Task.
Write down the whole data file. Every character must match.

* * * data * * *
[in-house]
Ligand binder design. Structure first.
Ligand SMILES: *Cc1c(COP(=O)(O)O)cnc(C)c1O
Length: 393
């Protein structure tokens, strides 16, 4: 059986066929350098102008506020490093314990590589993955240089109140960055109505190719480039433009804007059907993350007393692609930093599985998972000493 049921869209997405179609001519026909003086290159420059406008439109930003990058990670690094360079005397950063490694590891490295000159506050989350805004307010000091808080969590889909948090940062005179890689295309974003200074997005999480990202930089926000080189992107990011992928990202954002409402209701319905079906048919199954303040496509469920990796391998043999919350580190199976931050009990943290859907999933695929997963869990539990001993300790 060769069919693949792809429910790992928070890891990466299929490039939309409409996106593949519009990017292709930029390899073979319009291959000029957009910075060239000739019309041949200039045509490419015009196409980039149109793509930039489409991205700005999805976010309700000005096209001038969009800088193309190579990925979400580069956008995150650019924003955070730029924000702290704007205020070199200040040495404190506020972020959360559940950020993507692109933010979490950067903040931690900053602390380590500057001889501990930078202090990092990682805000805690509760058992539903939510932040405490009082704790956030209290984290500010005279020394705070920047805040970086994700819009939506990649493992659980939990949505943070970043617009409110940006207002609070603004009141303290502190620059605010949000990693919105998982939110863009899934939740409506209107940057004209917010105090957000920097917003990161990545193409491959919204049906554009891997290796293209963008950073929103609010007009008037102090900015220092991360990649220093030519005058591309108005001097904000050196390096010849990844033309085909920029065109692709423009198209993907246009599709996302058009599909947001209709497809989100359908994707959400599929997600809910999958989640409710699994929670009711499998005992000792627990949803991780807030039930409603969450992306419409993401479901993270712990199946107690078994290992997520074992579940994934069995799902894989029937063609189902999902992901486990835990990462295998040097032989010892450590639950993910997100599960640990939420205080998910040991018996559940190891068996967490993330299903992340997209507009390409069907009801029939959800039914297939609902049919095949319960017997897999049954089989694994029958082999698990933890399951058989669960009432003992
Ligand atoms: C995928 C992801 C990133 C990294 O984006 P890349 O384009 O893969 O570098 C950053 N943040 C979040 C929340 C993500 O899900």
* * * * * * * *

[in-house]
Ligand binder design. Structure first.
Ligand SMILES: *Cc1c(COP(=O)(O)O)cnc(C)c1O
Length: 393
């Protein structure tokens, strides 16, 4: 059986066929350098102008506020490093314990590589993955240089109140960055109505190719480039433009804007059907993350007393692609930093599985998972000493 049921869209997405179609001519026909003086290159420059406008439109930003990058990670690094360079005397950063490694590891490295000159506050989350805004307010000091808080969590889909948090940062005179890689295309974003200074997005999480990202930089926000080189992107990011992928990202954002409402209701319905079906048919199954303040496509469920990796391998043999919350580190199976931050009990943290859907999933695929997963869990539990001993300790 060769069919693949792809429910790992928070890891990466299929490039939309409409996106593949519009990017292709930029390899073979319009291959000029957009910075060239000739019309041949200039045509490419015009196409980039149109793509930039489409991205700005999805976010309700000005096209001038969009800088193309190579990925979400580069956008995150650019924003955070730029924000702290704007205020070199200040040495404190506020972020959360559940950020993507692109933010979490950067903040931690900053602390380590500057001889501990930078202090990092990682805000805690509760058992539903939510932040405490009082704790956030209290984290500010005279020394705070920047805040970086994700819009939506990649493992659980939990949505943070970043617009409110940006207002609070603004009141303290502190620059605010949000990693919105998982939110863009899934939740409506209107940057004209917010105090957000920097917003990161990545193409491959919204049906554009891997290796293209963008950073929103609010007009008037102090900015220092991360990649220093030519005058591309108005001097904000050196390096010849990844033309085909920029065109692709423009198209993907246009599709996302058009599909947001209709497809989100359908994707959400599929997600809910999958989640409710699994929670009711499998005992000792627990949803991780807030039930409603969450992306419409993401479901993270712990199946107690078994290992997520074992579940994934069995799902894989029937063609189902999902992901486990835990990462295998040097032989010892450590639950993910997100599960640990939420205080998910040991018996559940190891068996967490993330299903992340997209507009390409069907009801029939959800039914297939609902049919095949319960017997897999049954089989694994029958082999698990933890399951058989669960009432003992
Ligand atoms: C995928 C992801 C990133 C990294 O984006 P890349 O384009 O893969 O570098 C950053 N943040 C979040 C929340 C993500 O899900």